Texas Schools Go Neo-Confederate

A flag goes down, historical revisionism soars (boldface mine):

Five million public school students in Texas will begin using new social studies textbooks this fall based on state academic standards that barely address racial segregation. The state’s guidelines for teaching American history also do not mention the Ku Klux Klan or Jim Crow laws.

And when it comes to the Civil War, children are supposed to learn that the conflict was caused by “sectionalism, states’ rights and slavery” — written deliberately in that order to telegraph slavery’s secondary role in driving the conflict, according to some members of the state board of education.

Slavery was a “side issue to the Civil War,” said Pat Hardy, a Republican board member, when the board adopted the standards in 2010. “There would be those who would say the reason for the Civil War was over slavery. No. It was over states’ rights.”

Thankfully, the Washington Post commits journalism, as opposed to ‘he said/she said’ stenography:

Historians acknowledge that disagreements over states’ rights played a role in the Civil War. But the states’ rights issue was inseparable from slavery, they say: The right that states in the South were seeking to protect, after all, was the right to buy and sell people.

Southern states made that clear in their declarations of independence from the union, said James Grossman, the executive director of the American Historical Association. Slavery’s primary role in driving the Civil War is a matter of scholarly consensus, he said.

“The War happened only because of the determination of the leadership of eleven states to defend the right of their residents to own other human beings,” Grossman wrote in an e-mail. “The Civil War was fought over the issue of slavery.”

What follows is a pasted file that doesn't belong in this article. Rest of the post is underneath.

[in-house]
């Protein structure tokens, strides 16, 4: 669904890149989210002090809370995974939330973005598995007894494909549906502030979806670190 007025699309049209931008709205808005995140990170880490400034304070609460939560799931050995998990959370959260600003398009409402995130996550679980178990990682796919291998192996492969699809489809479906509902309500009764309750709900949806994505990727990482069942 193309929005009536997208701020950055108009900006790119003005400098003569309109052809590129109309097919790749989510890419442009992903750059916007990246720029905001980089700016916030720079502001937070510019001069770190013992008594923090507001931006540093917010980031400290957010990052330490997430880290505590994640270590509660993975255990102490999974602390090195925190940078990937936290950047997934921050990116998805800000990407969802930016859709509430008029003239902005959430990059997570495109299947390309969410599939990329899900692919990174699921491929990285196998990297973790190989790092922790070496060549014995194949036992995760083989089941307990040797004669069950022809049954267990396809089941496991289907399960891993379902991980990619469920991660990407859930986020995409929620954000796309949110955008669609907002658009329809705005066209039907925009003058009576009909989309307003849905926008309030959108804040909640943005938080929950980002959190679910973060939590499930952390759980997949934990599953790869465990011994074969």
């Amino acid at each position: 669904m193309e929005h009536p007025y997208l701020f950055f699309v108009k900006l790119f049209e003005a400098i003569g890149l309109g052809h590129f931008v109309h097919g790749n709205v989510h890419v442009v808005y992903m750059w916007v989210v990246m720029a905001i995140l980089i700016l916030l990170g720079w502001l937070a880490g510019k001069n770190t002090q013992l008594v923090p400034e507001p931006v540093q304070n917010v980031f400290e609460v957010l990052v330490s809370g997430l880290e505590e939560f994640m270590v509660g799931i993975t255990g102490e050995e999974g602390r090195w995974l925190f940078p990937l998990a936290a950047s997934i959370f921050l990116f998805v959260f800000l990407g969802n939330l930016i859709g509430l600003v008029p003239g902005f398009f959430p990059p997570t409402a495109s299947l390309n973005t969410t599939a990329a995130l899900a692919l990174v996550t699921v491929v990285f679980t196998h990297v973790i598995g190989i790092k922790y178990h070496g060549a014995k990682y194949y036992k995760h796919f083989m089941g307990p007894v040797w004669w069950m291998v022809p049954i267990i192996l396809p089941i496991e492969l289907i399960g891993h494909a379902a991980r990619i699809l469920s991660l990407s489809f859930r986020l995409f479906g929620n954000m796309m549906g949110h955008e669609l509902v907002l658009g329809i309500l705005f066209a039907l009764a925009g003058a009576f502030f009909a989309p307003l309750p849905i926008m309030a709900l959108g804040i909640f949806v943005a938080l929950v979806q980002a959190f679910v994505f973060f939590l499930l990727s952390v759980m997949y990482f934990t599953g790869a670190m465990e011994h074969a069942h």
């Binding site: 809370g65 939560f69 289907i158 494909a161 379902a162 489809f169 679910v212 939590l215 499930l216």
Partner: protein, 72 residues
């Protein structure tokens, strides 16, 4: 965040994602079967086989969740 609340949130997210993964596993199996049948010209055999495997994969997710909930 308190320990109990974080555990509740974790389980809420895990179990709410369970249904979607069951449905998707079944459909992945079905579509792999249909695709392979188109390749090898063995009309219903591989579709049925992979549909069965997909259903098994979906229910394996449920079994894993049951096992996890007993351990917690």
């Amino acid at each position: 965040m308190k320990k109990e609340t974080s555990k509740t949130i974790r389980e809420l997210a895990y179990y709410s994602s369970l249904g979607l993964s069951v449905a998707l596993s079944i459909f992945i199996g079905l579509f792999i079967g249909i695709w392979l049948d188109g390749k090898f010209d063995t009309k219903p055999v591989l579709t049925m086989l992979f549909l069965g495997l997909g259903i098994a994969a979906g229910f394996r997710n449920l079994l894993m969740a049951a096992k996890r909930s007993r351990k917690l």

I really don’t understand the defensiveness–and some of this response is defensiveness (and some of it is prejudice and bigotry). As someone who had much of his family murdered by Nazi Germany, I don’t hold Germans today accountable for their grandparents’ and great-grandparents’ crimes. If your great-great-great-grandfather fought on the side of the Confederacy, I won’t hold that against you either. But, just as I would condemn a German today who made some kind of stupid remark about how concentration camps weren’t that bad (“Ok, I’ll grant you Auschwitz was bad, but Majdanek was a health spa”), if you decide to excuse those who fought a war to defend slavery, then you’re not a good person. You might even be a bigot or flat-out racist.

Because the reality is that the entire economic order of the South (and, yes, a significant part of the North as well as the British Empire*) was built on the use of legally-enabled torture and terror–that is, slavery.

We need to teach this.

An aside: Are the education reformers, especially the hardcore Common Core advocates, angry about this? Because they have a long history of ignoring this sort of bullshit, whether it be historical revisionism or creationism. Go figure.